These days, I've been listening to The Current on CBC. I love listening to radio whenever I can - whether it's CBC or NPR, etc. Recently, The Current featured three episodes on the topic of students with special needs and Ontario's education systems. It's been fascinating, sad, challenging, and inspiring to hear parents and professionals share their stories. 

I think no one should have to do life alone.

I think we all ought to be able to belong to something - not to nothing. And those somethings ought to work together.

I think broken relationships lead to broken trust lead to broken systems lead to broken people.

“One of the marvelous things about community is that it enables us to welcome and help people in a way we couldn’t as individuals. When we pool our strength and share the work and responsibility, we can welcome many people, even those in deep distress, and perhaps help them find self-confidence and inner healing.” Jean Vanier

 

Tonight, I've been thinking about the feedback and stories from the CBC program. And I think about those who live with or care for children with invisible disabilities.

I've been told that I have it easier with my kids being in wheelchairs, that the chairs and visible abnormalities validate them as being disabled.

I understand the heart behind that comment. It is exhausting for the parent to advocate over and over for their child who "appears normal" but is dealing with sensory overload, complex brain development due to trauma, ADHD, autism, twice gifted ... the list is long.

I wonder if one of the hardest parts is feeling the unspoken vibe from other parents that their child's behaviour is due to insufficient parenting, that they feel judged based on their child's "outbursts." I wonder if one of the hardest parts comes from having to explain over and over that their child's behaviour is often an adaptation related to the disability, not an intentional choice to disobey.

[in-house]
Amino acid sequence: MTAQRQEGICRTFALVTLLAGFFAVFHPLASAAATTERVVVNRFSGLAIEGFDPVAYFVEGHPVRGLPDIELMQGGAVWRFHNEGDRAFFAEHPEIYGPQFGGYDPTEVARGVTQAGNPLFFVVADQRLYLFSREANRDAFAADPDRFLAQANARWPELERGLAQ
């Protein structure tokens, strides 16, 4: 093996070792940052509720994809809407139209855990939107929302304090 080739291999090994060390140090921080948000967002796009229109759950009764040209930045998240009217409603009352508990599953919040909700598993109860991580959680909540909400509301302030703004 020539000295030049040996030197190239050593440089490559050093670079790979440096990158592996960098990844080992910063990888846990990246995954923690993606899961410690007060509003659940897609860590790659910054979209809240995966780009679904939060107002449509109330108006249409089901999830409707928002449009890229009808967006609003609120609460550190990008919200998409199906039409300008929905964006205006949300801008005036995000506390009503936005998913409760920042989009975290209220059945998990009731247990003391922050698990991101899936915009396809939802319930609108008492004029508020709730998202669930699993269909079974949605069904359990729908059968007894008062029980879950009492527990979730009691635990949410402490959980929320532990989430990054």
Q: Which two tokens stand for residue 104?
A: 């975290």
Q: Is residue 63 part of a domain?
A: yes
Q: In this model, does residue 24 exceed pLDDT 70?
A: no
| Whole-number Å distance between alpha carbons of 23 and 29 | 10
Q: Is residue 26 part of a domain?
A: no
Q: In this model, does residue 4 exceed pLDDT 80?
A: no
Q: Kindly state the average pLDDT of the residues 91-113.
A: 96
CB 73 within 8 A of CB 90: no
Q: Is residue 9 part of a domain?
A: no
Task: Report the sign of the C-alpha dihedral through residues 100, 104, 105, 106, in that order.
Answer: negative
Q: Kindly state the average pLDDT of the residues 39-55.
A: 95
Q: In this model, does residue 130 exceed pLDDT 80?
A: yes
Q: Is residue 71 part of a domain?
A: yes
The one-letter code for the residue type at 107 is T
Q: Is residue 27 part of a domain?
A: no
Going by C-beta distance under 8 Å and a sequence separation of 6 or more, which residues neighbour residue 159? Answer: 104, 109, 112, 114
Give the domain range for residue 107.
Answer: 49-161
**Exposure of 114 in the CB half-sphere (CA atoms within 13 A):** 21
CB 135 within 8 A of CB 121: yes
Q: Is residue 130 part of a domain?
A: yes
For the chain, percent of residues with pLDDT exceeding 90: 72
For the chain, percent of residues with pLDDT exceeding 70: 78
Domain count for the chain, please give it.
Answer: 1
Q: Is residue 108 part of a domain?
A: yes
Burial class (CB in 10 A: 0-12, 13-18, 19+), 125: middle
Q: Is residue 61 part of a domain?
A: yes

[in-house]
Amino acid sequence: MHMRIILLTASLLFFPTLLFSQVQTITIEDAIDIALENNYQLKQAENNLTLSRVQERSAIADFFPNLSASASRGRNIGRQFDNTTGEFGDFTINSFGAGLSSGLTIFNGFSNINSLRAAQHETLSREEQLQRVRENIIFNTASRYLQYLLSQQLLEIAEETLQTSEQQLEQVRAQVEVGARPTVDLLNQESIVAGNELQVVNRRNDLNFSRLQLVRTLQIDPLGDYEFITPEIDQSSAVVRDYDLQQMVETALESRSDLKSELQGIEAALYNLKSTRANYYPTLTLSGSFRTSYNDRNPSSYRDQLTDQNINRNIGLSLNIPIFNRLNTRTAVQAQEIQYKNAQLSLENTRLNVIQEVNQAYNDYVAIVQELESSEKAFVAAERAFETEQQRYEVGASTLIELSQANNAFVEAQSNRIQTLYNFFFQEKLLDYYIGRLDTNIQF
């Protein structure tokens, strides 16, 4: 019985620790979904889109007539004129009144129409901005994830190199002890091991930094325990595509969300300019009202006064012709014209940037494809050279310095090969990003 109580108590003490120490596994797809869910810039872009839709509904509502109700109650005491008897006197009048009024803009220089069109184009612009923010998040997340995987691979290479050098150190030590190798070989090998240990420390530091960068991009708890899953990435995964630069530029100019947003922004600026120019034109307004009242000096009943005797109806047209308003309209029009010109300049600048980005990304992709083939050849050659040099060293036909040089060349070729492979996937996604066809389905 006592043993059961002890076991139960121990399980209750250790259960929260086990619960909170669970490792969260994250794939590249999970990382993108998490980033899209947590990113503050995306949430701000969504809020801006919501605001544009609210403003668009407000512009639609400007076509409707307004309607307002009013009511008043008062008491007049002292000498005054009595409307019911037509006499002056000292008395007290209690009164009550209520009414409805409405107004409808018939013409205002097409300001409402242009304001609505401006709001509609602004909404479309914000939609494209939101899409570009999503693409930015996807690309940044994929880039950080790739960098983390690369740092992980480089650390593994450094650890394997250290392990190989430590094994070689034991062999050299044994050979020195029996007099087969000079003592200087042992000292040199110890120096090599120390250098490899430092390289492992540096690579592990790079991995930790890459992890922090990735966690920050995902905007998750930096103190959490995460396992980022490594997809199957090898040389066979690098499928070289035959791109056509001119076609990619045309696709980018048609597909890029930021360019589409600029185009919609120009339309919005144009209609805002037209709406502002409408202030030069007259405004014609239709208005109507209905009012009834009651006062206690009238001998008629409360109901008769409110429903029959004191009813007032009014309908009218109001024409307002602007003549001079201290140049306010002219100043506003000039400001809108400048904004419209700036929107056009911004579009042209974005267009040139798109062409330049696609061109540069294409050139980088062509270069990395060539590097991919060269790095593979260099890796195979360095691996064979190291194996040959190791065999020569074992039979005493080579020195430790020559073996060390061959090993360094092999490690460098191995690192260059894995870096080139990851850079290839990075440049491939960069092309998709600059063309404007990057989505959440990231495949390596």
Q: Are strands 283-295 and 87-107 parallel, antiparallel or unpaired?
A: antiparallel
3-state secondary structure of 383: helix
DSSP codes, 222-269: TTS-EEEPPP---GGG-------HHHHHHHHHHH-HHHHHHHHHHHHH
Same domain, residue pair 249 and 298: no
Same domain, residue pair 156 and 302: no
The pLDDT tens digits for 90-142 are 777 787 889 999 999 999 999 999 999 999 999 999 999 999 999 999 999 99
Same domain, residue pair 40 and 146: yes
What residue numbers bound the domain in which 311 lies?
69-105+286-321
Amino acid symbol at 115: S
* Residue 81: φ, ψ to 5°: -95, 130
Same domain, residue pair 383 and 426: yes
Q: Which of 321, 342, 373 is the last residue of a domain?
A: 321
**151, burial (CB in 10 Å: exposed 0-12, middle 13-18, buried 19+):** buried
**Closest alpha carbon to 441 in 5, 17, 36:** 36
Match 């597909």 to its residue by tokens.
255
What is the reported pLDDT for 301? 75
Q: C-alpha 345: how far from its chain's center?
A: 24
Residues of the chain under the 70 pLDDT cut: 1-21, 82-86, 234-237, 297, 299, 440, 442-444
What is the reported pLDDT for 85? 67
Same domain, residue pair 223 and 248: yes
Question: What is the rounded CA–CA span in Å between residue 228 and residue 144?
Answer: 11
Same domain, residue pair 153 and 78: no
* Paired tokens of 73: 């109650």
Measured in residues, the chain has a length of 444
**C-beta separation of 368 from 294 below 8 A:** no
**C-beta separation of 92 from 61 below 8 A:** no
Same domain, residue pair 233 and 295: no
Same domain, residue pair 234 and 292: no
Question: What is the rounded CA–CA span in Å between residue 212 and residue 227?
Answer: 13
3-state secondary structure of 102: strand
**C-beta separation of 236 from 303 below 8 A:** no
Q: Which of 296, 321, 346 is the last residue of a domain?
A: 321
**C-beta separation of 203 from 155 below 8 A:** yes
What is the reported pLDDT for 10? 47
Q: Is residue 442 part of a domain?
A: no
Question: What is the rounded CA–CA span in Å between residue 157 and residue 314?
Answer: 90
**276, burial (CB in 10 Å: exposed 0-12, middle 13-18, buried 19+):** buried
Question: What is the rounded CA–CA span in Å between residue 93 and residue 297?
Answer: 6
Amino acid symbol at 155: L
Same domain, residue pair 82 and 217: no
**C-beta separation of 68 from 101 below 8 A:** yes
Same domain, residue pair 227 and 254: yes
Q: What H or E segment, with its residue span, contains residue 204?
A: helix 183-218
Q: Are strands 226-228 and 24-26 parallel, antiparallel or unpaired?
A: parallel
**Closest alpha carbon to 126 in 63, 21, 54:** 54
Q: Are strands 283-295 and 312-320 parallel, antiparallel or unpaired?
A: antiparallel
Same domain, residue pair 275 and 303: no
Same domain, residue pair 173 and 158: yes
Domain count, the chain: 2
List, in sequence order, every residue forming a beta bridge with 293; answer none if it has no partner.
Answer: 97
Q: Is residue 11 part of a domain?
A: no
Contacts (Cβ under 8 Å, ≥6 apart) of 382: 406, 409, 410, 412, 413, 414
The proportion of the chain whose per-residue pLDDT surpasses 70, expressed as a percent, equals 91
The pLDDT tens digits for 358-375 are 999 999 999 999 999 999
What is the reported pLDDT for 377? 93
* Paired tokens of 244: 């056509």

So here's a poem for tonight's thoughts: 

 

My Front Row Seat

          Why didn't you warn me there was something very wrong with

           your son? - kindergarten teacher

In Dad's tie, hair slicked, you stand taller

than fear, take centre stage, shoulder to shoulder

with boys you can name and girls

you may or may not have noticed

yet - your eighth grade teacher gives you the thumbs up

and voices from our past pile up inside me

(the worst case ... not able ... no reason to believe

... locked room where he'll be safe),

but thin words can't fill my mind

like your eyes meeting mine: 

you wink and say

your first line

-Angeline Schellenberg

The true measure of any society can be found in how it treats its more vulnerable members. M. Gandhi

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